From Surrealism to Less-Exquisite Cadavers: Léo Malet and the Evolution of the French Roman Noir
'Les nouveaux mystères de Paris' (1954-1959), Léo Malet's fifteen-novel detective series inspired by Eugène Sue's nineteenth-century 'feuilleton', almost achieved the goal of setting a mystery in each of the twenty Parisian arrondissements, with Nestor Burma at the center of the action. In Burma, the détective de choc first introduced in 1943 s 120 'rue de la gare', Malet, considered the father of the French 'roman noir', creates a cultural hybrid, bringing literary references and surrealist techniques to a criminal milieu. Michelle Emanuel s groundbreaking study is particularly insightful in its treatment of Malet as a pioneer within the literary genre of the French 'roman noir' while making sure to also focus on his surrealist roots. Against the archetypes of Simenon’s Maigret and Christie’s Poirot, Burma is brash and streetwise, peppering his speech with colorful and evocative slang. As the reader’s tour guide, Burma highlights Paris’s forgotten past while providing insight to the Paris of (his) present, referencing both popular culture and contemporary issue. [Amazon.com]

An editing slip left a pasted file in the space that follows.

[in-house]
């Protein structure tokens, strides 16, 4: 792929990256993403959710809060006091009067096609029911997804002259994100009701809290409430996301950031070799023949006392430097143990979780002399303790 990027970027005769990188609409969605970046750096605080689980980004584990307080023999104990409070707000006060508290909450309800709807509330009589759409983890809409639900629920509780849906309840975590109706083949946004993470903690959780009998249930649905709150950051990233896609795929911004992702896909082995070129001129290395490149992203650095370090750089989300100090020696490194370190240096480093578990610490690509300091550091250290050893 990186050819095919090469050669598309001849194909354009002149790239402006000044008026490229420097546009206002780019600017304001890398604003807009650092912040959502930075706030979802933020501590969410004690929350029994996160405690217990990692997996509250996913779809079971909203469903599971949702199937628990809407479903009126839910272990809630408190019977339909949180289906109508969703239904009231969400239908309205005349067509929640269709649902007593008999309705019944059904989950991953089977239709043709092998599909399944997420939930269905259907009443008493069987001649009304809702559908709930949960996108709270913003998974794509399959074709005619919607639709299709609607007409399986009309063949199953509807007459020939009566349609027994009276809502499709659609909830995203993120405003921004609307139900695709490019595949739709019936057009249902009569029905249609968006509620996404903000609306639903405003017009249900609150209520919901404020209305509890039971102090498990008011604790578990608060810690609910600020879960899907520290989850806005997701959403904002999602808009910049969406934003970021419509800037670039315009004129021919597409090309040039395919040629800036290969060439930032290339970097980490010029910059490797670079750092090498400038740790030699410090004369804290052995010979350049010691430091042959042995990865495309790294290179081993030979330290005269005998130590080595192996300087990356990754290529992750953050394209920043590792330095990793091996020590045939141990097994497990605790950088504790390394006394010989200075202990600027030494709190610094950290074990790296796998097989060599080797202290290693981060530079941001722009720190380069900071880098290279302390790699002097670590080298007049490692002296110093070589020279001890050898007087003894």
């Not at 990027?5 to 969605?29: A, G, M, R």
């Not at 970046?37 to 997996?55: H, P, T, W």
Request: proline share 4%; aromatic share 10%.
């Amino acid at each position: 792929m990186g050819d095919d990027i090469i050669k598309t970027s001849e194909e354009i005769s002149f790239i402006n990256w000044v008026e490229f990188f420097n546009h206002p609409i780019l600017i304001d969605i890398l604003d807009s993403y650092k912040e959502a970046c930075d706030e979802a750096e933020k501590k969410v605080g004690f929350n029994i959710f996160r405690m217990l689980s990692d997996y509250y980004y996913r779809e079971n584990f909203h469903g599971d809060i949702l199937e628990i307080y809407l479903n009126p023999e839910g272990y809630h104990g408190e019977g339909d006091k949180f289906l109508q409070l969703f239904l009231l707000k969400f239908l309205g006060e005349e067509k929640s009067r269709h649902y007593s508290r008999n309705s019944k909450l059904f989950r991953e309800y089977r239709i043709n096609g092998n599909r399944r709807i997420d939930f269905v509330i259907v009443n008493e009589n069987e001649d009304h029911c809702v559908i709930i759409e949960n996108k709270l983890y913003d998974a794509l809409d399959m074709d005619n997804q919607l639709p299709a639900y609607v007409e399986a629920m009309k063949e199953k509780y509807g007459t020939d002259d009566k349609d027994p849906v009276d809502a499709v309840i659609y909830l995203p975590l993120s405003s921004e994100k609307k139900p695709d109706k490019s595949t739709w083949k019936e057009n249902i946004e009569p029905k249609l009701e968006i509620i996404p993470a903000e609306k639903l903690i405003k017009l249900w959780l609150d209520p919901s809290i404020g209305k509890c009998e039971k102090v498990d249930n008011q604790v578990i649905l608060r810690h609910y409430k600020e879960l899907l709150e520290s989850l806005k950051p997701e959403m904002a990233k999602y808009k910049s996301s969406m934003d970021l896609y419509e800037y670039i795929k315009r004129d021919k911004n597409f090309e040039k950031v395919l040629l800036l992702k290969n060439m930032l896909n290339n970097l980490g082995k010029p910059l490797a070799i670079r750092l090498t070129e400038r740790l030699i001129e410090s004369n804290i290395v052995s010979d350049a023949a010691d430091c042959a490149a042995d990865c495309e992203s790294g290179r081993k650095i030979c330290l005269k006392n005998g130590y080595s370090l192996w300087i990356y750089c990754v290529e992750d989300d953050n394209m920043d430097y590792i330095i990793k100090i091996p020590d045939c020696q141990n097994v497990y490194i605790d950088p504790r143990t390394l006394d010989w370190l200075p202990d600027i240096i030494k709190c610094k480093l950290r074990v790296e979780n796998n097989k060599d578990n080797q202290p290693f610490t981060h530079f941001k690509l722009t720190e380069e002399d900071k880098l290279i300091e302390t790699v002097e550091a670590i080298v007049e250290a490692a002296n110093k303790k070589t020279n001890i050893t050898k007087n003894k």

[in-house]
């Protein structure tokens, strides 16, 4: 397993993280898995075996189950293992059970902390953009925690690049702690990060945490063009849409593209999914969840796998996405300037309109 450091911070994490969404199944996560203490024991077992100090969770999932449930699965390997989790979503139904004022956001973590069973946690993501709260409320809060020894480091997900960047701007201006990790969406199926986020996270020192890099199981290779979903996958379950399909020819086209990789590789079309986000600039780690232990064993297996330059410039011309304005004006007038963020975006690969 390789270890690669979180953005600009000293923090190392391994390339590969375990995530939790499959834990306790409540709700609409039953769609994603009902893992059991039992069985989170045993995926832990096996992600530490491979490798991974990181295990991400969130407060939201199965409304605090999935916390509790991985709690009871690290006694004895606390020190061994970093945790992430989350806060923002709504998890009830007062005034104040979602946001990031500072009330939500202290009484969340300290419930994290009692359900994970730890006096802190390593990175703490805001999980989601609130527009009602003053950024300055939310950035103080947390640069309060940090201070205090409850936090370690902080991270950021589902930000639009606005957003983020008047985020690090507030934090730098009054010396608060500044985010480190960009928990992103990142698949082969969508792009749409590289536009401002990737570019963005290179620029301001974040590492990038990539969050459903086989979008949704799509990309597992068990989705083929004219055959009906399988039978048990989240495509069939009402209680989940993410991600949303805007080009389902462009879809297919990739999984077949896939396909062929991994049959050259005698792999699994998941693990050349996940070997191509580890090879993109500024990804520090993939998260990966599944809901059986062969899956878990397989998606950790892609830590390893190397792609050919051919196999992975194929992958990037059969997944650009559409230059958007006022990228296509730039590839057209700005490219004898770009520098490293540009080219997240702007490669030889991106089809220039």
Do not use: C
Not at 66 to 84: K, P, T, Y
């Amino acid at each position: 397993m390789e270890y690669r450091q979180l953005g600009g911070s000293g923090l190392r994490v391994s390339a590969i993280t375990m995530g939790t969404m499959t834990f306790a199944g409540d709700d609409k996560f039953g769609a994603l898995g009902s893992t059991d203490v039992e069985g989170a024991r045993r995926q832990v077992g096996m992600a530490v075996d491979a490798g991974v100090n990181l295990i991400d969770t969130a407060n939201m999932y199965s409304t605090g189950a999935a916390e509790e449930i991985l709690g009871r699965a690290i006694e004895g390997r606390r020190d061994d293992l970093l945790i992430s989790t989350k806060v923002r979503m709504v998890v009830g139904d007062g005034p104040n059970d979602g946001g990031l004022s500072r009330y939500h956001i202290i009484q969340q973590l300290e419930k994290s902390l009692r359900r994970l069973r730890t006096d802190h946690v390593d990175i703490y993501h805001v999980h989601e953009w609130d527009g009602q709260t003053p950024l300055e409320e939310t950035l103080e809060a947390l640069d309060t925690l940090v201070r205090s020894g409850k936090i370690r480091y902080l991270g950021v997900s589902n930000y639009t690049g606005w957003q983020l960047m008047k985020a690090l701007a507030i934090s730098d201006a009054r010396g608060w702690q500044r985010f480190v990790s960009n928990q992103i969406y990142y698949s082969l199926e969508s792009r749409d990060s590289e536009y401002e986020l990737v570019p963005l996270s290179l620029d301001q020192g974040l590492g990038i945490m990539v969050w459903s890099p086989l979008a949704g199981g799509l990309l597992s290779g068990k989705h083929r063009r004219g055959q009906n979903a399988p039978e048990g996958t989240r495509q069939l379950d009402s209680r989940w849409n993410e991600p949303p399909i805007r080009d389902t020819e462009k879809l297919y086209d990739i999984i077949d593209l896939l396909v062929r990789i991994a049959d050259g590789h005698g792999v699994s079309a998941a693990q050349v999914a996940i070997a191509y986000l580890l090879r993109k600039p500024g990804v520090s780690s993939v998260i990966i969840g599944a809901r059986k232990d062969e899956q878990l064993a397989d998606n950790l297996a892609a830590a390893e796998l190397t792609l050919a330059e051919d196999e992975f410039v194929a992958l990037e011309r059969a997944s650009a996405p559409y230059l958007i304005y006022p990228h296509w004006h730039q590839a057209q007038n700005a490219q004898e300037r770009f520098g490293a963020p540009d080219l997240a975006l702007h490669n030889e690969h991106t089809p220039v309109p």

Editions Rodopi B.V.
French and Francophone Literature
Emanuel, Michelle (Author) and Schulman, Peter (Forward), "From Surrealism to Less-Exquisite Cadavers: Léo Malet and the Evolution of the French Roman Noir" (2006). World Languages and Cultures Faculty Books. 20.